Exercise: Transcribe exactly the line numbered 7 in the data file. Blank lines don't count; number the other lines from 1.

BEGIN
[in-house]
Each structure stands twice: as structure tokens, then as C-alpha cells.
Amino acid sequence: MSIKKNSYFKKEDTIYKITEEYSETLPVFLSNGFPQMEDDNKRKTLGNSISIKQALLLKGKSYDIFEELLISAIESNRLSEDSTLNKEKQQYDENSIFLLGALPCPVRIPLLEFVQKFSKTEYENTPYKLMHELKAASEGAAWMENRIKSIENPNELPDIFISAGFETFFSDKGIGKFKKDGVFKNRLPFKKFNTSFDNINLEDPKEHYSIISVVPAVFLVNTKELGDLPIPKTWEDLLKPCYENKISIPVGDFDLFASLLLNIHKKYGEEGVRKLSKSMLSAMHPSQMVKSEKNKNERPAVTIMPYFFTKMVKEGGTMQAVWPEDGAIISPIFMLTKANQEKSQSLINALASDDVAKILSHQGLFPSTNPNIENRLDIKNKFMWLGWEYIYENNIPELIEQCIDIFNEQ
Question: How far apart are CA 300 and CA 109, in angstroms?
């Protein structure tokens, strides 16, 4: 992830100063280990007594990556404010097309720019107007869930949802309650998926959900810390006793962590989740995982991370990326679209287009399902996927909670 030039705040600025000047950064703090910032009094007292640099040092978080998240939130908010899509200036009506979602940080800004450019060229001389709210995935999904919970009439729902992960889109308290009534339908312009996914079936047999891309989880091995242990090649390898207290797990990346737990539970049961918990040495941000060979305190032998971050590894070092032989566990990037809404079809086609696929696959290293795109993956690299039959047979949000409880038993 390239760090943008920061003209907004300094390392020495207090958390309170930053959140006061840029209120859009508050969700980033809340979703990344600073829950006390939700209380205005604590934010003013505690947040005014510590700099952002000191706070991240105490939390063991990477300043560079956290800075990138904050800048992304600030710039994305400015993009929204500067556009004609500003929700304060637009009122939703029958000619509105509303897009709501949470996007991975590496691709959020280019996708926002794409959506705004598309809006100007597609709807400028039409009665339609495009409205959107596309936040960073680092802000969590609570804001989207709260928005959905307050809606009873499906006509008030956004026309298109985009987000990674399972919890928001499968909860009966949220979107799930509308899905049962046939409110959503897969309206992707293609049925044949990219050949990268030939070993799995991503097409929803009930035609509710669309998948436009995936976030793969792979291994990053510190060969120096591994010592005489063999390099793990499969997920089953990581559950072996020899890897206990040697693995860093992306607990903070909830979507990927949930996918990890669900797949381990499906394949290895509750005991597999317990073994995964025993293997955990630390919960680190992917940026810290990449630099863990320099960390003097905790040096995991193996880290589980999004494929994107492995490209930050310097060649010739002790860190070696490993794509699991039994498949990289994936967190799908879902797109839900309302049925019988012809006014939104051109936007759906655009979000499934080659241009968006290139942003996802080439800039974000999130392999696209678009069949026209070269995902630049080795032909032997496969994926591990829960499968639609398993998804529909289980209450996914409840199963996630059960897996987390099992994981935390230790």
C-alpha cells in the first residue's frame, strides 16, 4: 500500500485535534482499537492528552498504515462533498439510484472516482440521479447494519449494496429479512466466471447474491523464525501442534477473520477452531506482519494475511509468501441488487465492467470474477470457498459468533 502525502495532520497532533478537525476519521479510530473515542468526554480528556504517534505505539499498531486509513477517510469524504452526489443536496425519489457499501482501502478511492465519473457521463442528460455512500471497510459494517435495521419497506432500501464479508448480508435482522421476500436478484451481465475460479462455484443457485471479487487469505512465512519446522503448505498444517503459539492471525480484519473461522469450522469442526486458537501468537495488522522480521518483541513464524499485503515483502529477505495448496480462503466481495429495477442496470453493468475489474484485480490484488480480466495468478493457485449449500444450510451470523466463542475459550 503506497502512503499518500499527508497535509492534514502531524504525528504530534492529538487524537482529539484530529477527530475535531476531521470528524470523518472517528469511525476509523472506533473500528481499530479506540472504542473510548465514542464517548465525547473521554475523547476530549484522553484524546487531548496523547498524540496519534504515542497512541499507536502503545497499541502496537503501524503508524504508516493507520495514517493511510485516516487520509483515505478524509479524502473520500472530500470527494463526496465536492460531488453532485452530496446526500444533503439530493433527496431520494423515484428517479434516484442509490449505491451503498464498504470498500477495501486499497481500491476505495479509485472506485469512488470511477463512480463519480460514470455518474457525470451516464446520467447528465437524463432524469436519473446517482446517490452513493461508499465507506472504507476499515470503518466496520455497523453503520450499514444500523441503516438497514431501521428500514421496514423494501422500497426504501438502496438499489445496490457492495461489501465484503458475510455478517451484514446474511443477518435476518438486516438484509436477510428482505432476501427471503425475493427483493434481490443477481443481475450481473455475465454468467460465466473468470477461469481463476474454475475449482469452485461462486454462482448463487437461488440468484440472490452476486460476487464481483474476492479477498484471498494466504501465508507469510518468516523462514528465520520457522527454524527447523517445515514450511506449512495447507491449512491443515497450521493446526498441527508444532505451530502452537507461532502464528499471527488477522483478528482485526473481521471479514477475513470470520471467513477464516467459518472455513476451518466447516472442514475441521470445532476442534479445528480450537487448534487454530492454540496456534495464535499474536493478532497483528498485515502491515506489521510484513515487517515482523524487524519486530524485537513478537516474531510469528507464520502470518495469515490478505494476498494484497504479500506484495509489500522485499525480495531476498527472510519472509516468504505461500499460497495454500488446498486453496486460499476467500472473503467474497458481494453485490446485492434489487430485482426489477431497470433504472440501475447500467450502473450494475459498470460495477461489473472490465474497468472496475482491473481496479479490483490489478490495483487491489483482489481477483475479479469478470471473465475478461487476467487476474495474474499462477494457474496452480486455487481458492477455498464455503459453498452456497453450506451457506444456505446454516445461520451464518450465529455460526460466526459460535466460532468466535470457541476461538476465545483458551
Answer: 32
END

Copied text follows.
Answer: 32